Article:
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Depth of kernels matters on final corn yield

Depth of kernels matters on final corn yield
Crop watch 2015: It's difficult to compensate for weight of kernels in yield formulas.

How much will the Crop Watch 2015 field yield? There are two hybrids in the field. Walking the field and pulling ears and doing yield estimates, you can pin a wide range of 170 to 220 bushels per acre. If you guess somewhere in between that range and enter the contest by Sept. 15, you have a good shot of being in the ballpark.

Crop Watch 8/28: Some hybrids flex ear size more than others

The contest asks you to guess the average dry yield per acre to the tenth of a bushel. Send yield entries to tbechman@farmprogress.com by 11:59 EDT, Sept. 15. See articles in your state magazine for official rules and more details.

Crop watch 2015: It's difficult to compensate for weight of kernels in yield formulas.

Can you pin it down further? Dave Nanda says yes, but with less accuracy. He is a consult at with Seed Consultants, Inc. Nanda checked the field and is visualizing 190 to 210 bushels per acre. However, he has not walked the entire field.

'Even where we checked, the problem is accounting for how the hybrids will finish on grain fill, and how to account for weight of kernels between the two hybrids," he says.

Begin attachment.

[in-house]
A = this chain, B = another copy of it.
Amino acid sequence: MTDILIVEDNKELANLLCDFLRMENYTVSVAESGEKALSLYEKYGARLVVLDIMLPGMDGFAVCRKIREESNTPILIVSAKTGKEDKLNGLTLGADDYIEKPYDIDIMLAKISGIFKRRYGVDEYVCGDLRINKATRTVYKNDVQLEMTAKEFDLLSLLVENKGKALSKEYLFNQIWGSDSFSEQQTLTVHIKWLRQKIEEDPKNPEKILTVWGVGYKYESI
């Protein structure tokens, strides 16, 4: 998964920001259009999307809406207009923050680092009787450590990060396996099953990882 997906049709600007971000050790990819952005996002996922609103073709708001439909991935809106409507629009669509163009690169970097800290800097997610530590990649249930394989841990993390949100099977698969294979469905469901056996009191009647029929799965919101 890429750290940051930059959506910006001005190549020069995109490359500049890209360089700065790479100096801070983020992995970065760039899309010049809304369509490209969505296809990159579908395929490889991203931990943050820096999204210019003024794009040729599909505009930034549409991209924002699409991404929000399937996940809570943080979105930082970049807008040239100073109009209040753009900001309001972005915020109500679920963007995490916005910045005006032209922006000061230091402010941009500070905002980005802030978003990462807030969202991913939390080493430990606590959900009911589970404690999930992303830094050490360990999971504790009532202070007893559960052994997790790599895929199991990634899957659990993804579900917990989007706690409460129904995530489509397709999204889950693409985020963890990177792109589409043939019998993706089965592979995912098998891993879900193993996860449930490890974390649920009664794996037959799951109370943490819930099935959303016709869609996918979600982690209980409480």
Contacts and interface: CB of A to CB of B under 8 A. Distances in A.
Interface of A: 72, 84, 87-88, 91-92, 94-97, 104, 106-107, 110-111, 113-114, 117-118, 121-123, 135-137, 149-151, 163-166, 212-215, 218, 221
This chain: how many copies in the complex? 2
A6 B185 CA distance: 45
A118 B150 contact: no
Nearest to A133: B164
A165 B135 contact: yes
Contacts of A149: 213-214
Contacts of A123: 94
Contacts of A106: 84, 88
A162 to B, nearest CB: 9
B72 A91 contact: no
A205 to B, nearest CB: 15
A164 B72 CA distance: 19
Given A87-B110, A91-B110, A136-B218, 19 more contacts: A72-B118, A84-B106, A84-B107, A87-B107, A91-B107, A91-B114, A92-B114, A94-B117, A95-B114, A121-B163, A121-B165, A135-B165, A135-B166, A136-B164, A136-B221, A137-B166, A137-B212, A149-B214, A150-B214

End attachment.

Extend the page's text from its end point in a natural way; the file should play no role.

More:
Both hybrids are showing damage from gray leaf spot, even though the field was sprayed with a fungicide before the brown silk stage. The spread of the disease seems to have stabilized above the ear leaf, but there are lesions all the way to the top of most plants in both hybrids.

One hybrid is rated slightly earlier in maturity. It's showing up, since the milk line when checked recently was halfway down the kernel in that hybrid, and just starting to move down the kernel in the second hybrid.

Crop Watch 8/24: Foliar disease phased, but not stopped, by fungicide

Kernel depth matters: Look at the ear on the right vs. the ear on the left. The ear on the right is from a hybrid that features a smaller cob and deeper kernels.

There appeared to be differences in kernel depth when the ears were split in half and compared. One hybrid had a thicker cob and slightly shallower kernels. The other had a cob smaller in diameter, with kernels making it the same size on the outside as the other ear. 

Kernel depth is certainly a factor to take into account when making yield estimates, Nanda says.

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